Gabriel Dumont skated in towards the Utica Comets goaltender this past Saturday. It was just a minute into their game and the Syracuse Crunch were already on the power play. Their captain was establishing a presence in front of the net when he stopped awkwardly. It was just a small twinge, something that happens every game and wouldn’t even draw notice if he hadn’t slowly skated off the ice and not returned for the rest of the night.
Was that the moment he suffered his “lower body injury”? It’s tough to say. With the lack of transparency in professional hockey, a player could have his hand sliced off by an errant skate blade and after the game his coach would vaguely confirm that it actually happened. Only at some point in the distant future, during an interview about something else, would the truth eventually emerge.
For now, the what and when really don’t matter. The only thing that matters for Gabriel Dumont and the Syracuse Crunch is the “what now.” Dumont is unquestionably the leader of the Lightning’s AHL affiliate. The reality is that he was even before the “C” was sewn to his sweater two weeks ago. He’s more or less been their leader since he returned last spring after a waiver claim deal with the Ottawa Senators.
The Quebec native is their number one center, their number one penalty killer and the cornerstone of their power play. Due to that lower-body injury, he is also going to be missing for the next four-to-six weeks. At best he misses 10-15 games, at worst the injury lingers and the initial four-to-six weeks turns into three-to-four months. Either way, this leaves a huge hole for the team to fill.
It’s also a tough break for the 28-year-old center. Playing in the final season of a two-year contract, he was set to enter the free agent market as a valuable commodity this off season. Was he going to sign a massive, 7-year, cap-breaking deal? No, but teams are always in need of speedy centers who can play in all situations. He is a scoring machine at the AHL level with 238 points in 432 games.
At the NHL level the scoring isn’t quite there – 9 points in 87 games – but he is a relentless forechecker who can center both bottom-six lines and make himself a nuisance on the penalty kill. With a successful season leading the Crunch, he could have parlayed his skills into a decent new contract.
Could that still happen? Certainly, but with 15 less games on his resume, the point totals will be a little less whelming.
So how does the Crunch move forward? By slotting the next player up, as they always do.
In this case, the leadership void will be filled by recently demoted Cory Conacher. It was obvious that the team needed more veteran voices in the locker room even before Dumont’s injury, but now that he’s out, Conacher will fill an even bigger need.
The first line minutes that Dumont logged will most likely be filled by multiple players, with Alex Barre-Boulet sliding into the center role on the top line and power play. Mitchell Stephens will most likely fill the role short-handed. Hopefully, they can fill the production, as well.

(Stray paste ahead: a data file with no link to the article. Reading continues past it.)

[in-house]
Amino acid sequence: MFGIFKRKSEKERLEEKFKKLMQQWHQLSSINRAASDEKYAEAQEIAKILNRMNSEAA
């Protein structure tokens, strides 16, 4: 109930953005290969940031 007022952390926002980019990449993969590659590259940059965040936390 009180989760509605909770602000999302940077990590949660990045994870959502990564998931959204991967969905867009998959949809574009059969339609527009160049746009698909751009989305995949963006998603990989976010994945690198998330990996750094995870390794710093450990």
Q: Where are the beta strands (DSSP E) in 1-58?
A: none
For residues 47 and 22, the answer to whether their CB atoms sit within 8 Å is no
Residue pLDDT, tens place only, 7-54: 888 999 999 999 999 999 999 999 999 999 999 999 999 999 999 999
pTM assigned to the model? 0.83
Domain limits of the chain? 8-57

Following Dumont’s injury last Saturday night, head coach Ben Groulx admitted that the team was kind of lost for the next “12 to 15 minutes.” There was a too many men penalty, and several players rotated through on the penalty kill. Stephens, Conacher, Andy Andreoff, Jonne Tammela, Alex Volkov, and Danick Martel all logged time short-handed. Hopefully the special teams units will find a more stable rotation with a week’s worth of practice now under their belts.
Tammela, who has been an occasional healthy scratch, could see the biggest increase in playing time as the centers are moved around. Ross Colton is another young player that might see more playing time due to the injury. That’s a bright side to a player going down – it often opens opportunities for others to step forward. Mathieu Joseph would most likely in Syracuse and not on the ice at the end of close games in Tampa if Ryan Callahan hadn’t started the season rehabbing his shoulder.
It seemed like the Crunch had a glut of forwards just last week as three players were brought in on the same day. But now with Dumont out, Mitch Hults in Orlando and Dennis Yan serving a two-game suspension for a head shot, the ranks have thinned out a bit. Luckily, reinforcements are on the way. Kevin Lynch seems to be day-to-day and Otto Somppi should be back from his hand injury sooner rather than later.
The Crunch, much like the Lightning, aren’t married to positions. Even with Dumont injured there are seven players listed as centers on their official roster. Obviously they don’t all line up down the middle of the ice, so lines and positions are fluid and based on the flow of the game. That helps them absorb injuries a little easier. Alex Barre-Boulet had been riding on Dumont’s wing for the beginning of the season, but is naturally a center. It’s only natural that he slides over to the middle of the ice between veteran Conacher (who he seems to have already developed a good rapport) and Danick Martel or Andy Andreoff.
Last season, Syracuse had to overcome an early season injury to their captain as Erik Condra missed time recovering from a back injury. In part due to his absence and in part due to an influx of rookies, the Crunch struggled over the first two months. Hopefully, despite the similar circumstances, the team has learned how to deal with adversity and can prevent getting way behind in the race to the top of the North Division.